Extensive product/service lines. With the exception of some niche manufacturers, the ability of cleaning industry product or service suppliers to expand, cross-sell, and bundle their offerings is limited only by their own imaginations—food service, safety, etc.
Consultative selling. Sales professionals in the industry help customers be more cost-effective, maximize worker productivity and solve their challenges by fulfilling their needs. This saves those in the industry from having to compete on price only where profits are limited.
Continuous improvement. ISSA, IEHA, and Building Service Contractors Association International are just a few examples of associations that offer ongoing educational conferences and trade shows to keep your industry knowledge and skills sharp.
Certified status. An opportunity to become an expert—ISSA certifications and credentials such as Cleaning Industry Management Standard (CIMS), ISSA Certification Experts (I.C.E.) and Cleaning Industry Training Standard (CITS) as well as others, such as Environmental Health Services (EHS) or Leadership in Energy & Environmental Design (LEED)—all these offer a chance for professionals to achieve certification, raising their professional status and stature and often pay and revenue.
Savvy buying. Afflink, Nissco, Pro-Link, TripleS, and other buying groups that serve the industry help improve purchasing power and negotiate better terms for distributors while helping drive prices down for buyers. They also allow their members to share ideas and discuss solutions to common problems within the industry
Selling the Industry
Now that we have reviewed all that the industry has to offer how do we sell these attributes to prospective employees? Below are some tips:
Find what matters. Ask candidates a lot of questions and then ask more to find out what’s important to them. Then customize the advantages of being in the jansan industry based on what they value as opposed to just telling them how wonderful the industry is. For example, if a candidate’s interest lie in nice cars or saving for a new home, stress the money potential. Similarly, if a good, friendly work environment appears paramount, you might stress the industry’s welcoming camaraderie.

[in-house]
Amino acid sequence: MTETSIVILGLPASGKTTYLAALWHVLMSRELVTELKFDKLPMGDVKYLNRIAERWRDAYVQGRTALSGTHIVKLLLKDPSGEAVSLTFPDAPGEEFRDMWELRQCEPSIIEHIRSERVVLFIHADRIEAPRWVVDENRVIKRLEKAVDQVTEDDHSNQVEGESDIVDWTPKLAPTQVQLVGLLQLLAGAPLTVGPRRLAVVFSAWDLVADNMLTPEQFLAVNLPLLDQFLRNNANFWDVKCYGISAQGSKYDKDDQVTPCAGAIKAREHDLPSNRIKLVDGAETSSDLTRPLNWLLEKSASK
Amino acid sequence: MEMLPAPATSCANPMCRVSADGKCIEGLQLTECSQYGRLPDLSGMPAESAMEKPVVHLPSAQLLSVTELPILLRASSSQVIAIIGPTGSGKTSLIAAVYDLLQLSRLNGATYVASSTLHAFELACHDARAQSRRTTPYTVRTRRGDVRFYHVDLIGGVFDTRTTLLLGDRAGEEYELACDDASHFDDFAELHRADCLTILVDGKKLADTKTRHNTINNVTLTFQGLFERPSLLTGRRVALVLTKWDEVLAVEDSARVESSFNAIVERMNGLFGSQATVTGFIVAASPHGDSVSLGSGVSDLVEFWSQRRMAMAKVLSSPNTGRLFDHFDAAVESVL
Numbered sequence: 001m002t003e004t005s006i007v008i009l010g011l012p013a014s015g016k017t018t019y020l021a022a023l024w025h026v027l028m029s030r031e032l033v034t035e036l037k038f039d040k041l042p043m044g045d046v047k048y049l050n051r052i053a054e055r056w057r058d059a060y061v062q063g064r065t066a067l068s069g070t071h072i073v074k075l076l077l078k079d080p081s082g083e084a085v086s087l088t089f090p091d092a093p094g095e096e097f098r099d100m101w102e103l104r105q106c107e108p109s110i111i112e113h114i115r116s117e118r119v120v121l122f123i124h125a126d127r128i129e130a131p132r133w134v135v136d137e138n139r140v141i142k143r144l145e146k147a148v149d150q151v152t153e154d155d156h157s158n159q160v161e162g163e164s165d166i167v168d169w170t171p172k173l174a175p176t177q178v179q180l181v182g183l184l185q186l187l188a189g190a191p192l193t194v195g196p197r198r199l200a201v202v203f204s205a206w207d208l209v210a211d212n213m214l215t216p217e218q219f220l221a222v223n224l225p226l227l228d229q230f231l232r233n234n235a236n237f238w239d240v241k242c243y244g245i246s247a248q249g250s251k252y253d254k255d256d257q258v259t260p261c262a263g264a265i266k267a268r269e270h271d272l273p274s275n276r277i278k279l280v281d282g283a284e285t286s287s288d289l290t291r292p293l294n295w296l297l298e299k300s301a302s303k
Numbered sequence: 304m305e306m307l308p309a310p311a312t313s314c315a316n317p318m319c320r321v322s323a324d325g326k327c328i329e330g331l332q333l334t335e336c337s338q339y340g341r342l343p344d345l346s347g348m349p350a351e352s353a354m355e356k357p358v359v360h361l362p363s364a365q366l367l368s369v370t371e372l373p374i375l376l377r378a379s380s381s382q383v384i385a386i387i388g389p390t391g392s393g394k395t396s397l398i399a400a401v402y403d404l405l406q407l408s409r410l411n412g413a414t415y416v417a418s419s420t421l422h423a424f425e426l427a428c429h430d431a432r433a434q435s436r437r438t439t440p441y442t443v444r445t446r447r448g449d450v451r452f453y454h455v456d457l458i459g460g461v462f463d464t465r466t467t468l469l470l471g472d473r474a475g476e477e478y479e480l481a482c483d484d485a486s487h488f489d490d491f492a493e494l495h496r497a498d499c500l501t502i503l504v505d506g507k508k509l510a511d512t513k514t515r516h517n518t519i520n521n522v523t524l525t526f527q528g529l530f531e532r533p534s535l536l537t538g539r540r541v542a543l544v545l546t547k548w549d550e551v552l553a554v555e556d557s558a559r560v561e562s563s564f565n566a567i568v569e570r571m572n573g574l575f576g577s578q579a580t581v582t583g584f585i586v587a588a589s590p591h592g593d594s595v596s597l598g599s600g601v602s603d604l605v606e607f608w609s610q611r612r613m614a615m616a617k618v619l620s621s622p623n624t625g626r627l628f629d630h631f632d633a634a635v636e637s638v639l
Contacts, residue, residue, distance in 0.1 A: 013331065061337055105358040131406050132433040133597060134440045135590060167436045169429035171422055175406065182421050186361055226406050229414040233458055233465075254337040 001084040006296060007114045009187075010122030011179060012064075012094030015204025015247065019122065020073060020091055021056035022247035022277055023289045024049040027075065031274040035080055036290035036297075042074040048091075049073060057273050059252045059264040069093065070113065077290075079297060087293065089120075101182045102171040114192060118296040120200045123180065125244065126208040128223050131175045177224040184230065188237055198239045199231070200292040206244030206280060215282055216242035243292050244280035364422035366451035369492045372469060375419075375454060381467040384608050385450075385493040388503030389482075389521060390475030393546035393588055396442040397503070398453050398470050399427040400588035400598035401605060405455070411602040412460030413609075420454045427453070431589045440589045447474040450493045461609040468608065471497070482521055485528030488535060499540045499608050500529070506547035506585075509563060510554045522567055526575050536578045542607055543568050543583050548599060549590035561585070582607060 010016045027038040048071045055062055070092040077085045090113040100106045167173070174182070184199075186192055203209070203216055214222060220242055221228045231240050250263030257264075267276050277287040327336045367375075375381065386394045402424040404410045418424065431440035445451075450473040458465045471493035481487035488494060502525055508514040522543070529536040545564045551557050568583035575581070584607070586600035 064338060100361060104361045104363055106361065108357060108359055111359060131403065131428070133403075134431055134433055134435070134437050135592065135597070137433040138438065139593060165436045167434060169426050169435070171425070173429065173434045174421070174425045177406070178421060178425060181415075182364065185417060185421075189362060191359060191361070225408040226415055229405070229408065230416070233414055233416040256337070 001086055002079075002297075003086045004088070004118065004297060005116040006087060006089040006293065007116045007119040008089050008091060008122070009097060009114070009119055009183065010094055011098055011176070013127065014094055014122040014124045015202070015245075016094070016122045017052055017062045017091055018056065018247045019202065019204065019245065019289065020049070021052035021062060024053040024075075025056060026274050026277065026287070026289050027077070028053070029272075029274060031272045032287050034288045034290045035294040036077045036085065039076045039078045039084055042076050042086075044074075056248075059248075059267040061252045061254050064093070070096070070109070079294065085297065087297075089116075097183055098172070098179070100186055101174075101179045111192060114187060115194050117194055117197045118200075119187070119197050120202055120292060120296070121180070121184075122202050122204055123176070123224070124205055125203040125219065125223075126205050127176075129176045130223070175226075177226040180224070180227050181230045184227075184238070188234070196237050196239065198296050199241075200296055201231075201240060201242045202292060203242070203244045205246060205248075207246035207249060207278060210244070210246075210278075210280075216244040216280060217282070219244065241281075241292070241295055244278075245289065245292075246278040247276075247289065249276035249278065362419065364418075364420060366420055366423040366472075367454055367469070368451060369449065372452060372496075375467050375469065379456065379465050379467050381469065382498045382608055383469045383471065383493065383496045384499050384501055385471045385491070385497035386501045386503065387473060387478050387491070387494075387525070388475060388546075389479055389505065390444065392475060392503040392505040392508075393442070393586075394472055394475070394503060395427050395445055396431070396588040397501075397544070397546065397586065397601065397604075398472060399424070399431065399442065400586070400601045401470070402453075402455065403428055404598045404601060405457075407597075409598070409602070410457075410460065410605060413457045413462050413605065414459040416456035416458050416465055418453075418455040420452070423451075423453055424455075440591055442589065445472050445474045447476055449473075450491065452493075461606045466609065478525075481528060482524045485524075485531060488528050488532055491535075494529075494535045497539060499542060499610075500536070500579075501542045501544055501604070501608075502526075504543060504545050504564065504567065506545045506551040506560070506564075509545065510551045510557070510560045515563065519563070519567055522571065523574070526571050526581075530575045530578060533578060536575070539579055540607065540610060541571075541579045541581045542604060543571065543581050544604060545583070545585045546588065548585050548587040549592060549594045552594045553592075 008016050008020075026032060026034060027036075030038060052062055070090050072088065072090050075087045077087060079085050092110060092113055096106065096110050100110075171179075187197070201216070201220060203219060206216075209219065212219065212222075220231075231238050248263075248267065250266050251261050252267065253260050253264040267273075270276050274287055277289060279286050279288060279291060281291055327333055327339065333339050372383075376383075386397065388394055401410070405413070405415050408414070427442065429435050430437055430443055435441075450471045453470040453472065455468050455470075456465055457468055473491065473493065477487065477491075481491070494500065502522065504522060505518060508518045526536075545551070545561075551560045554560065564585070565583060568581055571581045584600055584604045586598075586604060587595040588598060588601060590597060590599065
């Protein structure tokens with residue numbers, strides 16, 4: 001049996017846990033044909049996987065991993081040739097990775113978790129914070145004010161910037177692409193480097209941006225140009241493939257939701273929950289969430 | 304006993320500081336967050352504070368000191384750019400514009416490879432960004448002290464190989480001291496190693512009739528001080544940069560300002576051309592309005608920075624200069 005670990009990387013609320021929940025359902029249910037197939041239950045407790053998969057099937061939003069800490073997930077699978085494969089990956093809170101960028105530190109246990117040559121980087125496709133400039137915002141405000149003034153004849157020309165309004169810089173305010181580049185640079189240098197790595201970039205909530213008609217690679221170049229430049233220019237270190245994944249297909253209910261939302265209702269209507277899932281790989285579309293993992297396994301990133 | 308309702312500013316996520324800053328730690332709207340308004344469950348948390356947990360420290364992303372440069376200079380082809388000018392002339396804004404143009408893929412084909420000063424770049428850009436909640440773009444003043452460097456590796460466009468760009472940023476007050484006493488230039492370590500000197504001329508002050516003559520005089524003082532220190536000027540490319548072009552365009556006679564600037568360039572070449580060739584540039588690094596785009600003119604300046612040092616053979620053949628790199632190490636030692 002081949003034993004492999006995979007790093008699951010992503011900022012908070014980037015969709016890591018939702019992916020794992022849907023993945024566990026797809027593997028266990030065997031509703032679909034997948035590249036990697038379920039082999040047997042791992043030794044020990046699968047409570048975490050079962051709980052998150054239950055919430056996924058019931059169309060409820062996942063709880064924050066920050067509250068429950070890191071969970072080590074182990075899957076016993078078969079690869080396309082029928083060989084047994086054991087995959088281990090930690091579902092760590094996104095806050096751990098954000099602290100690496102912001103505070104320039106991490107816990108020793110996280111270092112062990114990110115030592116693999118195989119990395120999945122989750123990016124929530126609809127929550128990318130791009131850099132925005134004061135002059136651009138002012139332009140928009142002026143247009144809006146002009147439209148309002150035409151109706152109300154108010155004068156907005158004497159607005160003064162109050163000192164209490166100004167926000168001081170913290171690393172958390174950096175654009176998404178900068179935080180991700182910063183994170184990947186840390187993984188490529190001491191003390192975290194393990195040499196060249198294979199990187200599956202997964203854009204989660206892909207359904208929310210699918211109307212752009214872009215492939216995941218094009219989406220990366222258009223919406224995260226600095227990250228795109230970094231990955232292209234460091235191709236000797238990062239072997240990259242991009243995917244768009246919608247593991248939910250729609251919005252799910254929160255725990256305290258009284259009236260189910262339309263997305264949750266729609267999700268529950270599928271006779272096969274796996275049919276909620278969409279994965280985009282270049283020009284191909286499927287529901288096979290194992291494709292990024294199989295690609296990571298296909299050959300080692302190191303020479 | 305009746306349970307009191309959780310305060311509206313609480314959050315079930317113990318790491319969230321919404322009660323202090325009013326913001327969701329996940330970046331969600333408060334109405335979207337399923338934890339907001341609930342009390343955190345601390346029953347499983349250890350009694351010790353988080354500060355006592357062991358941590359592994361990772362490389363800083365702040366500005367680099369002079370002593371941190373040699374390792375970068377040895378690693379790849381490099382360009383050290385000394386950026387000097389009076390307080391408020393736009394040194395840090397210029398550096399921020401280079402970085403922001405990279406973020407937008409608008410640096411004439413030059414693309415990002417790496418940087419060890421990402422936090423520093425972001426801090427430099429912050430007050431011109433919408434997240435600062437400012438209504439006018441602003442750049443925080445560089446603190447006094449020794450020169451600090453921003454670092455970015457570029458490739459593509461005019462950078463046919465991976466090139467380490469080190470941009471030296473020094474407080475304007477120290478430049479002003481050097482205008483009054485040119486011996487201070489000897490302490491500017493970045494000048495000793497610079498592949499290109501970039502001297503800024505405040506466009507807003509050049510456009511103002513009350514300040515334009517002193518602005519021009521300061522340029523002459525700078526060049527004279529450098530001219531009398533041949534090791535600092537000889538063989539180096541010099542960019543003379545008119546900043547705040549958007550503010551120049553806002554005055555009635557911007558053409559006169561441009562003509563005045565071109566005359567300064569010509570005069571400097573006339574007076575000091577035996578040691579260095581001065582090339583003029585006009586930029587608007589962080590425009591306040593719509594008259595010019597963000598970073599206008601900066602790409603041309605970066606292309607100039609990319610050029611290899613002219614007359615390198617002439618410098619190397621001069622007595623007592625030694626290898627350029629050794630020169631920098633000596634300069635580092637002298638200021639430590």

Promote solutions. When describing the jansan industry, talk about the specific problems you solve for your customers, not what you sell or what you do, which any candidate that has done his/her homework already knows. By discussing the problems you solve, you are going to separate the jansan industry from others. “We help companies reduce employee absenteeism,” or, “We help companies increase worker productivity” sounds much more appealing than just saying “We sell soap, disposable gloves, vacuums, towels, hand dryers.” Plus it will give the candidate a perspective of the industry’s great overall value from the start.
Look ahead. Talk about the future of the industry and some of the new innovations: quieter and more energy efficient equipment, robotic-sensor controlled cleaning systems, technology enabled monitoring systems, automatic dispensing, and other more sustainable choices. These innovations are the future of the industry and are likely to be of interest to potential hires.
Glam it up a bit. If you don’t think “janitorial” or “sanitary” sounds very glamorous, use other words to describe the jansan business. Hygiene, facility solutions, environmental services, cleaning solutions, cleaning technologies, health and safety consultants, facility maintenance are just a few of the viable options.
Get excited. Make sure everyone who interviews the candidate is excited about the industry. If the interviewer doesn’t believe in and have passion for the industry, the candidate won’t either. Both lethargy and enthusiasm are contagious; it’s up to you and your team to set the right tone from the start.
This article originally appeared in the February 2016 edition of ISSA Today.